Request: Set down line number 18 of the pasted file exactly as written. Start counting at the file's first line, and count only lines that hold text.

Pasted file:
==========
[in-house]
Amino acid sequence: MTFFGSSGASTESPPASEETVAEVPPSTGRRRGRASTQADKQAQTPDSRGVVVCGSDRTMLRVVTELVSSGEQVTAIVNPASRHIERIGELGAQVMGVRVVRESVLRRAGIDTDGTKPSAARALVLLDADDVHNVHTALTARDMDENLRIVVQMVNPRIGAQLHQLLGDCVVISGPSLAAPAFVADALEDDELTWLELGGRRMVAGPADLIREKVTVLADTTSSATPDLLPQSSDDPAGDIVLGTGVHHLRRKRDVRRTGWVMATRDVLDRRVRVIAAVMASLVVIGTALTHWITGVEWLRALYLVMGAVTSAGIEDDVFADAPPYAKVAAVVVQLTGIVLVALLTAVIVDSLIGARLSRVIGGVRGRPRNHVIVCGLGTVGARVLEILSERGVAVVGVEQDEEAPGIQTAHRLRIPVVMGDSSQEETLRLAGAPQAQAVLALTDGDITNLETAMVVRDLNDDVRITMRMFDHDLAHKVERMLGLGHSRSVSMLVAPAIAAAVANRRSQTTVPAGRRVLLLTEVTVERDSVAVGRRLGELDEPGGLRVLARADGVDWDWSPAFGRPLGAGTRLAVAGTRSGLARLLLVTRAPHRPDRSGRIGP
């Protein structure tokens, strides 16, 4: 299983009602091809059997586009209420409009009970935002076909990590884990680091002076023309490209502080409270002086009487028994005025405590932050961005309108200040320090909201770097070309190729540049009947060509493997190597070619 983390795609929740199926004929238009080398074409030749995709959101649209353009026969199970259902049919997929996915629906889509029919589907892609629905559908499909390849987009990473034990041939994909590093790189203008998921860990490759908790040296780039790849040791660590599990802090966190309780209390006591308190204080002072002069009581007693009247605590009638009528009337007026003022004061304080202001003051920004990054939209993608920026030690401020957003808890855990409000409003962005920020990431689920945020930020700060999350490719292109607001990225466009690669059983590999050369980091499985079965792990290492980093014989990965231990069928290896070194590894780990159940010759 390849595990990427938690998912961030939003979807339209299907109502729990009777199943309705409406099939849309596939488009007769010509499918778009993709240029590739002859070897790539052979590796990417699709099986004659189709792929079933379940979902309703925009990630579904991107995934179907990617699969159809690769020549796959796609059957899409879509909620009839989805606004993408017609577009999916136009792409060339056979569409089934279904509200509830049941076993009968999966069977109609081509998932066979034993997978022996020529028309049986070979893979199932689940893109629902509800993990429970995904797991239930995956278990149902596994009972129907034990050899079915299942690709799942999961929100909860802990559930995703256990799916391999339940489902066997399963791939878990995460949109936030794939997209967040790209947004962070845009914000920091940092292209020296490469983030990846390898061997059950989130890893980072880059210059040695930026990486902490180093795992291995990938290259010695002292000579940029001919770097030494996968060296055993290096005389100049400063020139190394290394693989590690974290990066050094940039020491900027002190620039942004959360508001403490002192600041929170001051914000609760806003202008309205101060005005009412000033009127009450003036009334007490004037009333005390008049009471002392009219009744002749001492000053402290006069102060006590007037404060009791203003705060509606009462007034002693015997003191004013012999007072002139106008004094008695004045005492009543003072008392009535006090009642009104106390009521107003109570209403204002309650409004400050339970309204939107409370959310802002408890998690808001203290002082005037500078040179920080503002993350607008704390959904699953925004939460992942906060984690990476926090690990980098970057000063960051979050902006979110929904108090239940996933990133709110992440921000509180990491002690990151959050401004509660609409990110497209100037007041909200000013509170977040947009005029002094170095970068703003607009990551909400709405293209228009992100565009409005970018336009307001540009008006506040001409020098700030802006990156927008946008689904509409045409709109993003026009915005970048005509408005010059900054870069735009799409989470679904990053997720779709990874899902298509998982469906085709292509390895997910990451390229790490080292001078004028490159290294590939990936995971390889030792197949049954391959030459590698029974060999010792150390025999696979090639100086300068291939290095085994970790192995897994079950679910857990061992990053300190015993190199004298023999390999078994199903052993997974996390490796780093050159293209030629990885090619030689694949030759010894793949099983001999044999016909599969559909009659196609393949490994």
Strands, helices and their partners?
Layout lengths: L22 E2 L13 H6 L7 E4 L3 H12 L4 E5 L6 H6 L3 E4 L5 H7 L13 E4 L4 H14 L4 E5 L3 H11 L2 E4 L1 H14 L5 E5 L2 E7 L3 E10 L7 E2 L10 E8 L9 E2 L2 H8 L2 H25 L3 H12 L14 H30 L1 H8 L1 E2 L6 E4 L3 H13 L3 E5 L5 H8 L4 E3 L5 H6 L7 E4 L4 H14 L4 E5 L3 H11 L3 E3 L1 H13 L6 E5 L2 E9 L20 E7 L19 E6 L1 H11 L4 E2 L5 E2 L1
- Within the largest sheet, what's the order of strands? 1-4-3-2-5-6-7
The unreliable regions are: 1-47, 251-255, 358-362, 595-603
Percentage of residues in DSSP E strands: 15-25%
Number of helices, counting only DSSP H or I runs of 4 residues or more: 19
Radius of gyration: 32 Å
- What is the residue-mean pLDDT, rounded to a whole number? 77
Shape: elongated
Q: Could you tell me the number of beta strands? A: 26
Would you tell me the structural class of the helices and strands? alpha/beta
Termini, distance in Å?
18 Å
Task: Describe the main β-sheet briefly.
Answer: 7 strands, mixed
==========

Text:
Answer: 7 strands, mixed